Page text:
Kirton and the Domesday Book
Our village was recorded as Kirketuna in the historic Domesday book some-time around 1086. It also confirmed the existence of a church building in the village even then.
We urge you to take a stroll down Rectory Lane/Church Lane and visit our tangible link with the past. The present Kirton Church building dating from the 1300s is open every day and you will find a beautifully illustrated Guide (£5) to its origins in the Porch. The churchyard is maintained with a thoughtful balance between being both tidy and wildlife friendly.
The Tower was built while Henry the Eighth was busy divorcing/beheading his wives.
What do these “Friends” do?
The Friends was set up in 2000 specifically to raise funds for the fabric of the parish church and its grounds including the Churchyard. We have since raised the best part of £30,000 which has been deployed to various ends including the erection of a new sign and handrail, the purchase of a new lawn-mower, and in 2008 almost £22,000 towards major renovations.
The Parochial Church Council (PCC) along with the Churchwardens are legally responsible for upkeep. In common with parishes across the country, however, it became apparent that with falling congregations further sources of revenue would be required if the church was to survive. Indeed many churches have not survived – witness the closure of several in Ipswich and the church at Stratford St Andrew, now converted to residential use.
There are several reasons why you might want to join us.
Why bother? I live In Kirton but I don’t go to the Parish Church
Even if you don’t it is still your church. By virtue of the fact that the Church of England is the established faith, it is your right to avail of the church and the services it offers of baptism, marriage and burial.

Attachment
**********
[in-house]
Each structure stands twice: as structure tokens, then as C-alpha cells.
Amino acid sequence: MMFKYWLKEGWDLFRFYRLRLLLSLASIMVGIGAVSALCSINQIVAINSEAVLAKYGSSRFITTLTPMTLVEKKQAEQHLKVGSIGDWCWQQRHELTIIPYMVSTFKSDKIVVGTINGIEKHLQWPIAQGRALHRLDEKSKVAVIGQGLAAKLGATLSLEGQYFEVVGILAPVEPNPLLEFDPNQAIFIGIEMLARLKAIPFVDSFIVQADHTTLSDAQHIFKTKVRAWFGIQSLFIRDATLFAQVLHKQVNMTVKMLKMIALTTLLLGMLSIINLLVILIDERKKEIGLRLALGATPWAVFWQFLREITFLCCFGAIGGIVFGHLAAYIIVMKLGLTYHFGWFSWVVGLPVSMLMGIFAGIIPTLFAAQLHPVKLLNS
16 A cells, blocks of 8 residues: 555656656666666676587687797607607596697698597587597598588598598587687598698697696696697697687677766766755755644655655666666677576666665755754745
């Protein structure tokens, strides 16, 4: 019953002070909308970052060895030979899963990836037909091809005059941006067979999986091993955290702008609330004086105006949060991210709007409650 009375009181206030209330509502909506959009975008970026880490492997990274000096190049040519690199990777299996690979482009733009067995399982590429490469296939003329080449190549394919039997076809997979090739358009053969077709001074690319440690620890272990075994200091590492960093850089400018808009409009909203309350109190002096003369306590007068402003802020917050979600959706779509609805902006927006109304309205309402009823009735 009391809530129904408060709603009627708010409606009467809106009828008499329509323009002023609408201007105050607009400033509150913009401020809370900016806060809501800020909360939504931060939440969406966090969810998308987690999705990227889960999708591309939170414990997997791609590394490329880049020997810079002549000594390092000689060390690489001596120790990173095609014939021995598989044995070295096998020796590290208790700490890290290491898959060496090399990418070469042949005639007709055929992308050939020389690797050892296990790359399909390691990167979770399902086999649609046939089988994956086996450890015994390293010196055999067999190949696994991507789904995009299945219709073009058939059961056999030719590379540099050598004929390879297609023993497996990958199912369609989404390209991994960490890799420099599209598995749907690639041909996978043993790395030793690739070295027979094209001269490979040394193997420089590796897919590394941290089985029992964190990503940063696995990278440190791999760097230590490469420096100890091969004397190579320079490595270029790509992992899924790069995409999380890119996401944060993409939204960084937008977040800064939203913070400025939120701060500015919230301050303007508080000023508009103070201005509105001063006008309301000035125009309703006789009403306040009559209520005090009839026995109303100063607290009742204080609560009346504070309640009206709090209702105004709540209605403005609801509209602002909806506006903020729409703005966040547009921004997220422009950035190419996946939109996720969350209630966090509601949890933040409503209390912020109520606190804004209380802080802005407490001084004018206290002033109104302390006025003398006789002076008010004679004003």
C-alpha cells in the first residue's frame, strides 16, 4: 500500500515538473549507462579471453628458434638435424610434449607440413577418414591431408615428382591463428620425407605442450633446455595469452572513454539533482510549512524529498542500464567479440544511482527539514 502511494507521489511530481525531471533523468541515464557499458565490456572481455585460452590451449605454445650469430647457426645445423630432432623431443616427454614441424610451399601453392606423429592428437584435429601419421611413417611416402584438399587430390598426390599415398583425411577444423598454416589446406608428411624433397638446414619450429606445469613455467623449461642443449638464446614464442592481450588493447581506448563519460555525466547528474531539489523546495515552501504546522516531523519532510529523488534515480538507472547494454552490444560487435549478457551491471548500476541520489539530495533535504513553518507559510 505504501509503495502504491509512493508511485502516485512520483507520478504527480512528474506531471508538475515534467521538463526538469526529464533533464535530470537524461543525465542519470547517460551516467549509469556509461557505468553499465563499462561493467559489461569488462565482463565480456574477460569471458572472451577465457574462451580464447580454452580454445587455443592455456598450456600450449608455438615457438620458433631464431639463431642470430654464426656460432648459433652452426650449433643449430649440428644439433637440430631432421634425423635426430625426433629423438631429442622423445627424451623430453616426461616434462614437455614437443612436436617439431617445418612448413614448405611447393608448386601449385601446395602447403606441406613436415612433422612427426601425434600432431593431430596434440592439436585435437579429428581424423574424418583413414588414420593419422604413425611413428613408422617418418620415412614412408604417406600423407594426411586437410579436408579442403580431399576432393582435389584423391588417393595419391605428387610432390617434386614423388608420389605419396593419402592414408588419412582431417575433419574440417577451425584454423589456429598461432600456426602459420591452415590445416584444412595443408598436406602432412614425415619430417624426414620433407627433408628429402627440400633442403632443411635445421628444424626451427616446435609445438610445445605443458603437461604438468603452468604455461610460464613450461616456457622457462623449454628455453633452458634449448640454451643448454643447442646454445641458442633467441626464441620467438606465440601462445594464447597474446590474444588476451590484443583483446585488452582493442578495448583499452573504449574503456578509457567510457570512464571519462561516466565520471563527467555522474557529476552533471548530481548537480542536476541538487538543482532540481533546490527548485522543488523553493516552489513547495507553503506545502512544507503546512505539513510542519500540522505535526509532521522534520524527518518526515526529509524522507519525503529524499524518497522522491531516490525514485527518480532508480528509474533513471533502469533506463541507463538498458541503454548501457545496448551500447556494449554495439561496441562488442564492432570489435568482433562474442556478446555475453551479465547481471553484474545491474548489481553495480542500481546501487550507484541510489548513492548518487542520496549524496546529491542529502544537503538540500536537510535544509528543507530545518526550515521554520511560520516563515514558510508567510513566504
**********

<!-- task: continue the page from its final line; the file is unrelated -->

Why bother? I don’t even live In Kirton
Well obviously you have some interest otherwise you wouldn’t be reading this page. Maybe your ancestors lived here in which case you may find our second page “Sources for Family & Local History” of interest. In years gone by the church was very much the focus of life in the Village, witnessed by the Parish Registers dating back to the 1600s.
Why Bother? If anything, I’m anti-religion
No matter what your persuasion, it’s undeniable that the church is the oldest building in the Village and that for generations it was integral to daily life. It’s even mentioned in Domesday (1086) when it had a priest called Godric. There may well have been a church there in the preceding centuries and there’s a strong likelihood that it had been a sacred pagan site even before that.
From 1297 it has had forty-nine incumbents. Down the ages it has been a silent witness to the major events which rocked the country – the Black Death 1348, Henry VIII’s break with Rome 1529, the reigns of Mary Tudor and Elizabeth I, the Gun-Powder Plot 1605, the Civil War of the 1640s, let alone the two World Wars.
Countless generations have “done their bit” to ensure that the Church is passed down – surely it would take a cold heart indeed to stand by and allow this tangible link with the past to fall into decay or fall out of public use and become a private house?
OK – What’s involved in becoming a Friend and what do I get out of It?
Becoming a Friend is relatively painless. All that’s required is a commitment to an annual subscription of £10 per household.
For that you will get a free copy of our Guide & History, normally £5, the occasional newsletter, priority for tickets to our events and the rosy glow of knowing you are increasing the chances of this beautiful building surviving for generations to come.
Contact any one of the people below or email
email@example.com so that we can put you on our mailing list.
Stephen Harvey [acting Chairman] (780)
Jo Perry (225) Secretary
Elizabeth Highton (399)
Anne Clarke (202)
Paul Negus (354)
Telephone numbers () prefixed by 01394 448